According to recorded data in Figures 7 and 8, a comparison shows a decrease in inflow and outflow of Dokan Lake during (2002 – 2012) and the average annual rainfall has been reduces in the north of Iraq for both A2 and B2 scenarios.

A lot of simplifications were made. Only the mean discharge flow has been used as a factor to hydropower generation, while the other factors such as the site head and the turbine generating capacity and efficiency were currently neglected and will be measured, calculated, analyzed and discussed in (part2), a new model will be build.

From the analysis, based on 2005 global hydropower generation presented in Figure 5, it can be seen that by year 2050, the hydropower generation have totally decreased by 5-10%. Runoff changes in Iraq based on 12 GCMs under A1B scenario, Figure6 decreases by 5 to 10 % which will have negative effects on energy sector and the future production of electricity in Iraq.

Accordingly hydropower generation reduces by 5 – 10% and the electric power generation in Dokan power plant decreases by 20-40 MW.

To mitigate the effects of climate change on hydropower plants, improvements in the present hydro-power resources for water recycling and/or development of micro-dams for storage of excess water need exploration.

Finally, construction of new plants with better technology (e.g., high efficiencies) in the hydropower sector could help to reduce the gap that may be created by the effects of climate change on electric power generation.

9. Conclusions

Based on this study part1 we conclude that:

1.   Some countries will experience decreases in climate potential while others increases, but with a great degree of risks in both cases.

2.   It can be concluded that one of the most environmental and social sensitive power generation technologies is hydropower technology.

3.   In some countries, careful planning and design are required due to the occurrences of extreme weather events caused by climate change, so as to come up with sustainable hydropower projects.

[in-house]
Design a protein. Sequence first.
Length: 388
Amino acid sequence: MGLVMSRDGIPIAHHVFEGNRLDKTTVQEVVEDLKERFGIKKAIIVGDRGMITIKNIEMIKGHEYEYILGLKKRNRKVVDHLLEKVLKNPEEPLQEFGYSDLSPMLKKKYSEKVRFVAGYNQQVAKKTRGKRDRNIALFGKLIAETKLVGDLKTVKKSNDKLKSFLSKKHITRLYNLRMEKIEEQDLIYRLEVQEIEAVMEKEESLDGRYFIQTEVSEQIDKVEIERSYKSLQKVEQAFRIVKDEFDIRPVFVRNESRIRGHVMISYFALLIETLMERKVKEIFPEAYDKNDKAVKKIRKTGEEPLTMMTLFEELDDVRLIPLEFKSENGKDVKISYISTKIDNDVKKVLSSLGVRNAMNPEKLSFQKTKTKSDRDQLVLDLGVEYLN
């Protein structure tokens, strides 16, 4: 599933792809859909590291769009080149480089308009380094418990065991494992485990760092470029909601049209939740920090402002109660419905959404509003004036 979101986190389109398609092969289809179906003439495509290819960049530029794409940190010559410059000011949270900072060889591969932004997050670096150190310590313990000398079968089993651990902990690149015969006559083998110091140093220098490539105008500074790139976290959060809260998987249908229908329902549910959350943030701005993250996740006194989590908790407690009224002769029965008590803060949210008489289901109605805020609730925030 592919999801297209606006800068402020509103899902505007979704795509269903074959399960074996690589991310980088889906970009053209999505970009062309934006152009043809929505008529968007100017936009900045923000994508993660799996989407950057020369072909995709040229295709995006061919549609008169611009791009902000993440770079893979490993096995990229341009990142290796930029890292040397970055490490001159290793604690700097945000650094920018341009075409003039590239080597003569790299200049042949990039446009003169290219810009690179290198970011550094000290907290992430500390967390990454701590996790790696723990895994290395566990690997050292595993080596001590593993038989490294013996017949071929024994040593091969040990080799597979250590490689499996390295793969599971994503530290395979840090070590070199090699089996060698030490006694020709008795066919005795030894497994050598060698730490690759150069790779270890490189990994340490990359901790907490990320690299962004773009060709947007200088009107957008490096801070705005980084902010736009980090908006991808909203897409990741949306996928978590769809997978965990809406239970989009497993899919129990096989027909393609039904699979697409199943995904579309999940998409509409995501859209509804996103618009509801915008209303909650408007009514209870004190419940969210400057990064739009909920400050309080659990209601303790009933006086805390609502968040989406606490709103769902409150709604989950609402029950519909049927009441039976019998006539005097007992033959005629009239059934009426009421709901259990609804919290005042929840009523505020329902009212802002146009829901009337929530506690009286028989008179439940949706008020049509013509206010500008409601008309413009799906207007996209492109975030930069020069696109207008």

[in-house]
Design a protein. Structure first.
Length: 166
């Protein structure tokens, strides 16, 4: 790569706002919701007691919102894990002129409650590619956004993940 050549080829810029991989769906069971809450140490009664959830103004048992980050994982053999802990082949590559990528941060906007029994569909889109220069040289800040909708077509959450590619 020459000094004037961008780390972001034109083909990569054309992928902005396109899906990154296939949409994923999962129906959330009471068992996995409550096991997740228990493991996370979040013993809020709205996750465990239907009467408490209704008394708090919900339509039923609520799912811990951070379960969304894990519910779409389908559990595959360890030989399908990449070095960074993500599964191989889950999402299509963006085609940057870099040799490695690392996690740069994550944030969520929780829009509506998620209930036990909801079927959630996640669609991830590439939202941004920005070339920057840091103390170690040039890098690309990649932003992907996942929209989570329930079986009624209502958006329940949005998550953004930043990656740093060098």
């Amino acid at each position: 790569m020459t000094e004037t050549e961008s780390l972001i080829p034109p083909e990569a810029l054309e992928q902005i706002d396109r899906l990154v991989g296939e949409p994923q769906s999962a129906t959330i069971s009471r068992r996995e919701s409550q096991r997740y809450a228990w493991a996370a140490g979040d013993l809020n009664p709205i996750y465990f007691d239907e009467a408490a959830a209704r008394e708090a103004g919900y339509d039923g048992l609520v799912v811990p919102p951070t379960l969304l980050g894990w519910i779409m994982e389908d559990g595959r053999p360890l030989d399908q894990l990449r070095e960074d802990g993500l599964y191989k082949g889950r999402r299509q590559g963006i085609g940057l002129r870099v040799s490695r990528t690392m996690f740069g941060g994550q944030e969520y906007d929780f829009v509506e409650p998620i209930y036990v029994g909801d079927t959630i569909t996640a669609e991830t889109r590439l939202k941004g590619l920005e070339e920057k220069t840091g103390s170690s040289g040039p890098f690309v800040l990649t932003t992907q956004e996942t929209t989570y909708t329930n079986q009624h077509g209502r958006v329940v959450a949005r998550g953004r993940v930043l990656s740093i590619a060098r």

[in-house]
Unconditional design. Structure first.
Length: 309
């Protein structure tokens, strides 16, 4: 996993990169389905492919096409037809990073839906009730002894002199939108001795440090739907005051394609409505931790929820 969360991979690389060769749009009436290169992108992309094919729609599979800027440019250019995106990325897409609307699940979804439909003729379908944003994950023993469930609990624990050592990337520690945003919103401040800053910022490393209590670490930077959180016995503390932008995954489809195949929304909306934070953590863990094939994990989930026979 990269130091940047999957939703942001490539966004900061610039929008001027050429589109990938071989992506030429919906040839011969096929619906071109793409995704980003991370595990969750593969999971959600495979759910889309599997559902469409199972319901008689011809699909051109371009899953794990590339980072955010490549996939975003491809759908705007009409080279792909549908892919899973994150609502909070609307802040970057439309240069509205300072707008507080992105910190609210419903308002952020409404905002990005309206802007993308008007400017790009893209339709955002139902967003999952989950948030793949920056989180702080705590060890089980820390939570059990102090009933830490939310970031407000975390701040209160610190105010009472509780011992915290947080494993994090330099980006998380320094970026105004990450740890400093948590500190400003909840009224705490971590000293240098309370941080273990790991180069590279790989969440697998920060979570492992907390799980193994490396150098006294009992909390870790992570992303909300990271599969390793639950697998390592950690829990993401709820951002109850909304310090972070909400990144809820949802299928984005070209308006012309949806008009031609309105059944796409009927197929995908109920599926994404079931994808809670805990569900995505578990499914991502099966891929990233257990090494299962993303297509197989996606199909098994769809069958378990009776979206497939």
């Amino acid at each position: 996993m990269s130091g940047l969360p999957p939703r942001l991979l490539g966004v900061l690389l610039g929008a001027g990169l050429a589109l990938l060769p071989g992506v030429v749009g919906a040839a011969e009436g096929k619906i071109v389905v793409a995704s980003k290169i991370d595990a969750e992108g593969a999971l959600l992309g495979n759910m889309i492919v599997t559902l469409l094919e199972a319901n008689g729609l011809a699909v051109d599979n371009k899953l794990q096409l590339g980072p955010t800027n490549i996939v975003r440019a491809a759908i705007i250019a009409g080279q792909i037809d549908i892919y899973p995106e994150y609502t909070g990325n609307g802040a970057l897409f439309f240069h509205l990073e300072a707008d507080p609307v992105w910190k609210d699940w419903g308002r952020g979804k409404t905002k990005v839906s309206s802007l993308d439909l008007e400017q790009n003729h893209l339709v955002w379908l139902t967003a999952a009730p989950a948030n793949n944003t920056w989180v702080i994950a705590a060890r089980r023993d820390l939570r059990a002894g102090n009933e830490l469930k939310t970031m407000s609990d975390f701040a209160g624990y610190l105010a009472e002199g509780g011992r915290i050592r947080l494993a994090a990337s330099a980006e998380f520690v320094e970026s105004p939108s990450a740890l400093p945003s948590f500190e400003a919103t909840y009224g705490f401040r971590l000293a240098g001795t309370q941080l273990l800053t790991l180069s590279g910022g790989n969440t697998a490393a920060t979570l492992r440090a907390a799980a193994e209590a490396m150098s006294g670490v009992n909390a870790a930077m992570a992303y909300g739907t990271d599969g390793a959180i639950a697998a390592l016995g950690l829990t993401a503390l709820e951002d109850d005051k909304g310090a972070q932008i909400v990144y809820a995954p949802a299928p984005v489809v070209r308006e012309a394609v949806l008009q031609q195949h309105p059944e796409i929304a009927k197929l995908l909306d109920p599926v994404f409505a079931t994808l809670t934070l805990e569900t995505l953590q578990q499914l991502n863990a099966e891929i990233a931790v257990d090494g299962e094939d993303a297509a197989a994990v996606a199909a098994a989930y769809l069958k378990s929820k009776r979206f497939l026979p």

4.   A need for national adaptation strategies to water supply shortages is so important.


References

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  2. Subimal, G.; Chaitali M.: Assessing Hydrological Impacts of Climate Change: Modeling Techniques, and Challenges. The Open Hydrology Journal, 4, 115-121 (2010).
  3. Atsushi, I.: Estimating Global Climate Change Impacts On Hydropower Projects: Applications in India, Srilanka And Vietnam, The World Bank Sustainable Development Network Finance, Economics, and Urban Development Department September 2007.
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  8. Peter, D.: Climate Change and Hydropower, Impact and Adaptation Costs: Case Study Kenya. Report available atwww.futurewater.nl. 2009.
  9. Indexmundi: Electricity Import to Iraq in 2011. Available at www.indexmundi.com/g/g.aspx?v=83&c=iz&l=en. 2012.
  10. Milly, P.C.D.; Dunne, K.A.; Vecchia, A.V.: Global pattern of trends in stream flow and water availability in a changing climate. Nature. 438, 347–350 (2005).
  11. Ratcliffe, V.: Power Generation a Top Priority in Iraq. Available atwww.meed.com/supplements/2012/iraq-projects/power-generation-a-top-priority-in-iraq/3129589.article. (2012).
  12. The World Bank: Dokan and Darbandikhan Emergency Project. Inspection Report 1537 (2006).
  13. Iraq Ministry of water resources, Center for the study of water resources projects for the northern region: Evaluation of some irrigation projects in Dukan watershed as controlling and conservation of water resources. Preparing by: Amwag Abbas Talab, Assistant general manager of irrigation and drainage, 2013.
  14. Nadhir, Al-Ansari; Ammar A.; Ali, S.: Present Conditions and Future Challenges of Water Resources Problems in Iraq. J. Water Resour. Prot. 6, 1066-1098 (2014).